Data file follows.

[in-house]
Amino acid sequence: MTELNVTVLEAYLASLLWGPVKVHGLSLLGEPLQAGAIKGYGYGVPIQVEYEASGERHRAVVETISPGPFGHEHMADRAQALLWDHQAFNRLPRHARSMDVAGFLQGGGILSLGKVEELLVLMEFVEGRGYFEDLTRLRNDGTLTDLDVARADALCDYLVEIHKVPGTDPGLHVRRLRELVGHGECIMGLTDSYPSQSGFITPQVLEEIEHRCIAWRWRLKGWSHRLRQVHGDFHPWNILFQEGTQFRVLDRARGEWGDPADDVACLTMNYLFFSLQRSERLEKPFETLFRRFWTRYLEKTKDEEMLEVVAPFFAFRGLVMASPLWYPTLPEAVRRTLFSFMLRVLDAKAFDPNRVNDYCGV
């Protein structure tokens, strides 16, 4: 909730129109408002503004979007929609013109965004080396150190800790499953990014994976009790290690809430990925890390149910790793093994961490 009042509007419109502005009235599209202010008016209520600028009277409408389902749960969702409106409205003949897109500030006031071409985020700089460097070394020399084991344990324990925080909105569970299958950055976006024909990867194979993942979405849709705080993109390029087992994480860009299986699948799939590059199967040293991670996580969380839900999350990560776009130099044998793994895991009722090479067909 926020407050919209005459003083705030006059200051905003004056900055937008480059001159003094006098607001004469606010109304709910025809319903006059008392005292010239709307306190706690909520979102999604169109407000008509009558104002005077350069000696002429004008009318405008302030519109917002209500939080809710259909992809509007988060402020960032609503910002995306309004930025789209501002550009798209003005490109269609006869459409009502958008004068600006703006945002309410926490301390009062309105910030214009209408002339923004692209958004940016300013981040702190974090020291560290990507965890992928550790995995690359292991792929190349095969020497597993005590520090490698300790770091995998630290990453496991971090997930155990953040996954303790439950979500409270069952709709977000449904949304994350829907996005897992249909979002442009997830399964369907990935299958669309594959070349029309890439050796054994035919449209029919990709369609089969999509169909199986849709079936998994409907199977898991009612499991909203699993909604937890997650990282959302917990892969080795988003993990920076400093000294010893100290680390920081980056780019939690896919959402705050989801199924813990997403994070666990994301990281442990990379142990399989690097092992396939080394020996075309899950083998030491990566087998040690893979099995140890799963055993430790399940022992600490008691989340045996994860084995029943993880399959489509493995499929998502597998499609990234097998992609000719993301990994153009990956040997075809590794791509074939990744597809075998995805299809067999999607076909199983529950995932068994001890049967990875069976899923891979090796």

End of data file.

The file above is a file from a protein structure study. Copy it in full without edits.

[in-house]
Amino acid sequence: MTELNVTVLEAYLASLLWGPVKVHGLSLLGEPLQAGAIKGYGYGVPIQVEYEASGERHRAVVETISPGPFGHEHMADRAQALLWDHQAFNRLPRHARSMDVAGFLQGGGILSLGKVEELLVLMEFVEGRGYFEDLTRLRNDGTLTDLDVARADALCDYLVEIHKVPGTDPGLHVRRLRELVGHGECIMGLTDSYPSQSGFITPQVLEEIEHRCIAWRWRLKGWSHRLRQVHGDFHPWNILFQEGTQFRVLDRARGEWGDPADDVACLTMNYLFFSLQRSERLEKPFETLFRRFWTRYLEKTKDEEMLEVVAPFFAFRGLVMASPLWYPTLPEAVRRTLFSFMLRVLDAKAFDPNRVNDYCGV
């Protein structure tokens, strides 16, 4: 909730129109408002503004979007929609013109965004080396150190800790499953990014994976009790290690809430990925890390149910790793093994961490 009042509007419109502005009235599209202010008016209520600028009277409408389902749960969702409106409205003949897109500030006031071409985020700089460097070394020399084991344990324990925080909105569970299958950055976006024909990867194979993942979405849709705080993109390029087992994480860009299986699948799939590059199967040293991670996580969380839900999350990560776009130099044998793994895991009722090479067909 926020407050919209005459003083705030006059200051905003004056900055937008480059001159003094006098607001004469606010109304709910025809319903006059008392005292010239709307306190706690909520979102999604169109407000008509009558104002005077350069000696002429004008009318405008302030519109917002209500939080809710259909992809509007988060402020960032609503910002995306309004930025789209501002550009798209003005490109269609006869459409009502958008004068600006703006945002309410926490301390009062309105910030214009209408002339923004692209958004940016300013981040702190974090020291560290990507965890992928550790995995690359292991792929190349095969020497597993005590520090490698300790770091995998630290990453496991971090997930155990953040996954303790439950979500409270069952709709977000449904949304994350829907996005897992249909979002442009997830399964369907990935299958669309594959070349029309890439050796054994035919449209029919990709369609089969999509169909199986849709079936998994409907199977898991009612499991909203699993909604937890997650990282959302917990892969080795988003993990920076400093000294010893100290680390920081980056780019939690896919959402705050989801199924813990997403994070666990994301990281442990990379142990399989690097092992396939080394020996075309899950083998030491990566087998040690893979099995140890799963055993430790399940022992600490008691989340045996994860084995029943993880399959489509493995499929998502597998499609990234097998992609000719993301990994153009990956040997075809590794791509074939990744597809075998995805299809067999999607076909199983529950995932068994001890049967990875069976899923891979090796």